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Case Study: Treating HER2-Positive MBC, Part I

Panelists: Adam M. Brufsky, MD, PhD, University of Pittsburgh; Sara Hurvitz, MD, UCLA;Joyce A. O'Shaughnessy, MD, US Oncology; Edith A. Perez, MD,
Published Online: Wednesday, Aug 14, 2013
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Moderator, Adam M. Brufsky, MD, PhD, presents a case study that examines a 59 year-old woman presenting with fatigue and dyspnea approximately 8 years following her initial treatment for breast cancer. At this first presentation, the patient was diagnosed with stage I, hormone receptor positive, and HER2-positive breast cancer. At this point, her treatment included adjuvant Adriamycin plus Cytoxan followed by paclitaxel with trastuzumab and finally the administration of anastrozole for five years.

At the 8-year follow-up, the fatigue and breathlessness led to a CT scan of the chest, abdomen, and pelvis, explains Brufsky. This examination identified pulmonary metastases, the largest of which was 2 cm. Additionally, multiple liver metastases were noted, with the largest measuring approximately 4 cm. However, liver function testing was normal. A liver biopsy confirmed estrogen receptor-positive disease that was also HER2-positive by FISH with a ratio of approximately 2.3, Brufsky notes.

Assessing disease burden and symptoms is the first step in the frontline setting for a patient with metastatic breast cancer that is both ER and HER2-positive, believes Sara Hurvitz, MD. In this case, the patient presents with an indolent tumor and may benefit from treatment with the combination of a hormonal and HER2-targeted agent. As a result, Hurvitz recommends the administration of a taxane with pertuzumab and trastuzumab in the frontline setting for 6 cycles or until a response reduces symptoms. After this point, treatment can be transitioned to HER2-targeted therapies alone with the potential to add an endocrine therapy.

The panel agrees with this treatment approach and transitions the discussion toward HER2 testing, specifically the ratio of HER2 to chromosome 17. The initial ratio of 2.3 is not very high but is adequate to label the disease as HER2-positive, believes Edith A. Perez, MD. Studies have indicated that the degree of HER2 amplification does not impact the efficacy of targeted therapies, such as trastuzumab. As a result, even a patient with a lower ratio for positivity should still receive HER2-targeted therapy.

Further complicating testing, heterogeneity is present in approximately 10% of patients with HER2-positive breast cancer. As a result, guidelines now recommend dual testing for patients with breast cancer to verify the findings, Perez states. Another approach for identifying HER2-positivity measures the number of HER2 gene copies. This approach may provide additional accuracy, when considered along with the ratio, believes Joyce A. O'Shaughnessy, MD.

For High-Definition, Click
Moderator, Adam M. Brufsky, MD, PhD, presents a case study that examines a 59 year-old woman presenting with fatigue and dyspnea approximately 8 years following her initial treatment for breast cancer. At this first presentation, the patient was diagnosed with stage I, hormone receptor positive, and HER2-positive breast cancer. At this point, her treatment included adjuvant Adriamycin plus Cytoxan followed by paclitaxel with trastuzumab and finally the administration of anastrozole for five years.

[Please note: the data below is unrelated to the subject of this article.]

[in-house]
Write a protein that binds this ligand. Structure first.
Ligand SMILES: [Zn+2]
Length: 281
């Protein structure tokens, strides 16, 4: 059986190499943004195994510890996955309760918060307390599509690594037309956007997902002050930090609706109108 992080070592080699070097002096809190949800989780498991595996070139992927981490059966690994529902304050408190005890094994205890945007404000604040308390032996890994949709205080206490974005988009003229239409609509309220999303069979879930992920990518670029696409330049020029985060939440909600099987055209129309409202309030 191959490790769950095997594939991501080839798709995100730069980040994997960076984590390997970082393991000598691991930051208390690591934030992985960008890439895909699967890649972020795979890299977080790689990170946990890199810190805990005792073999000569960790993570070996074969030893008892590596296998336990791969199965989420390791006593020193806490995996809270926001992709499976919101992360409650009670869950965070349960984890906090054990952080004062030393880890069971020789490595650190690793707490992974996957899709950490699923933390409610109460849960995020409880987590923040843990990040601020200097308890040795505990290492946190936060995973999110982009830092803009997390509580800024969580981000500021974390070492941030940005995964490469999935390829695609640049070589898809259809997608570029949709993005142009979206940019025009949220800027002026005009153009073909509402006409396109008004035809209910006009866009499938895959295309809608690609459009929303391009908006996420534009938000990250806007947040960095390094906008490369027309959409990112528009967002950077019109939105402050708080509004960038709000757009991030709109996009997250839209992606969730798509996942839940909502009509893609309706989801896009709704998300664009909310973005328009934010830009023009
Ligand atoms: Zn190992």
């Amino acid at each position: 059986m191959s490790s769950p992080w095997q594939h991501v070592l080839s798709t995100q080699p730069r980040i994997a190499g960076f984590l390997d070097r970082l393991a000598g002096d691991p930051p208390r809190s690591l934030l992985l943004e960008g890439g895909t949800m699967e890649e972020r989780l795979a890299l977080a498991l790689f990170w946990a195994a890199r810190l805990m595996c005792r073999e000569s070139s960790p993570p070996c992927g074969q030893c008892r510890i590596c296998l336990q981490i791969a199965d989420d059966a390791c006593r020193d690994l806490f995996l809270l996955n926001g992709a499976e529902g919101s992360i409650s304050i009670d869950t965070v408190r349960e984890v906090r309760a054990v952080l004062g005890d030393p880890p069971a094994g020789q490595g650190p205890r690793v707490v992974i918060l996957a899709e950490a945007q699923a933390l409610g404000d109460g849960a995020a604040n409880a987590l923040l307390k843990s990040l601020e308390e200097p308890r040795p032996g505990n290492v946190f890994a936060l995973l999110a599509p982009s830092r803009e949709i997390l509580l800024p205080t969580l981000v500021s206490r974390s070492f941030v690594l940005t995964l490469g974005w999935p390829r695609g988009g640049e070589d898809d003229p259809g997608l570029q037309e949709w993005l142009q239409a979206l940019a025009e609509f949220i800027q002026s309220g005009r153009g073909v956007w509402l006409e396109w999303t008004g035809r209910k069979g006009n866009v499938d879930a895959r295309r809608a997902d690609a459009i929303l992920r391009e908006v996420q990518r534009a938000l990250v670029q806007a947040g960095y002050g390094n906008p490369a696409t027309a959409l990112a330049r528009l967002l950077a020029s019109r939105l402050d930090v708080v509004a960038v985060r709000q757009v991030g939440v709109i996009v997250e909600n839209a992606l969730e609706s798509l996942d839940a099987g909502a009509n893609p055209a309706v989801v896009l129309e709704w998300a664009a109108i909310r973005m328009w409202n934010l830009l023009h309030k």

At the 8-year follow-up, the fatigue and breathlessness led to a CT scan of the chest, abdomen, and pelvis, explains Brufsky. This examination identified pulmonary metastases, the largest of which was 2 cm. Additionally, multiple liver metastases were noted, with the largest measuring approximately 4 cm. However, liver function testing was normal. A liver biopsy confirmed estrogen receptor-positive disease that was also HER2-positive by FISH with a ratio of approximately 2.3, Brufsky notes.

Assessing disease burden and symptoms is the first step in the frontline setting for a patient with metastatic breast cancer that is both ER and HER2-positive, believes Sara Hurvitz, MD. In this case, the patient presents with an indolent tumor and may benefit from treatment with the combination of a hormonal and HER2-targeted agent. As a result, Hurvitz recommends the administration of a taxane with pertuzumab and trastuzumab in the frontline setting for 6 cycles or until a response reduces symptoms. After this point, treatment can be transitioned to HER2-targeted therapies alone with the potential to add an endocrine therapy.

The panel agrees with this treatment approach and transitions the discussion toward HER2 testing, specifically the ratio of HER2 to chromosome 17. The initial ratio of 2.3 is not very high but is adequate to label the disease as HER2-positive, believes Edith A. Perez, MD. Studies have indicated that the degree of HER2 amplification does not impact the efficacy of targeted therapies, such as trastuzumab. As a result, even a patient with a lower ratio for positivity should still receive HER2-targeted therapy.

Further complicating testing, heterogeneity is present in approximately 10% of patients with HER2-positive breast cancer. As a result, guidelines now recommend dual testing for patients with breast cancer to verify the findings, Perez states. Another approach for identifying HER2-positivity measures the number of HER2 gene copies. This approach may provide additional accuracy, when considered along with the ratio, believes Joyce A. O'Shaughnessy, MD.

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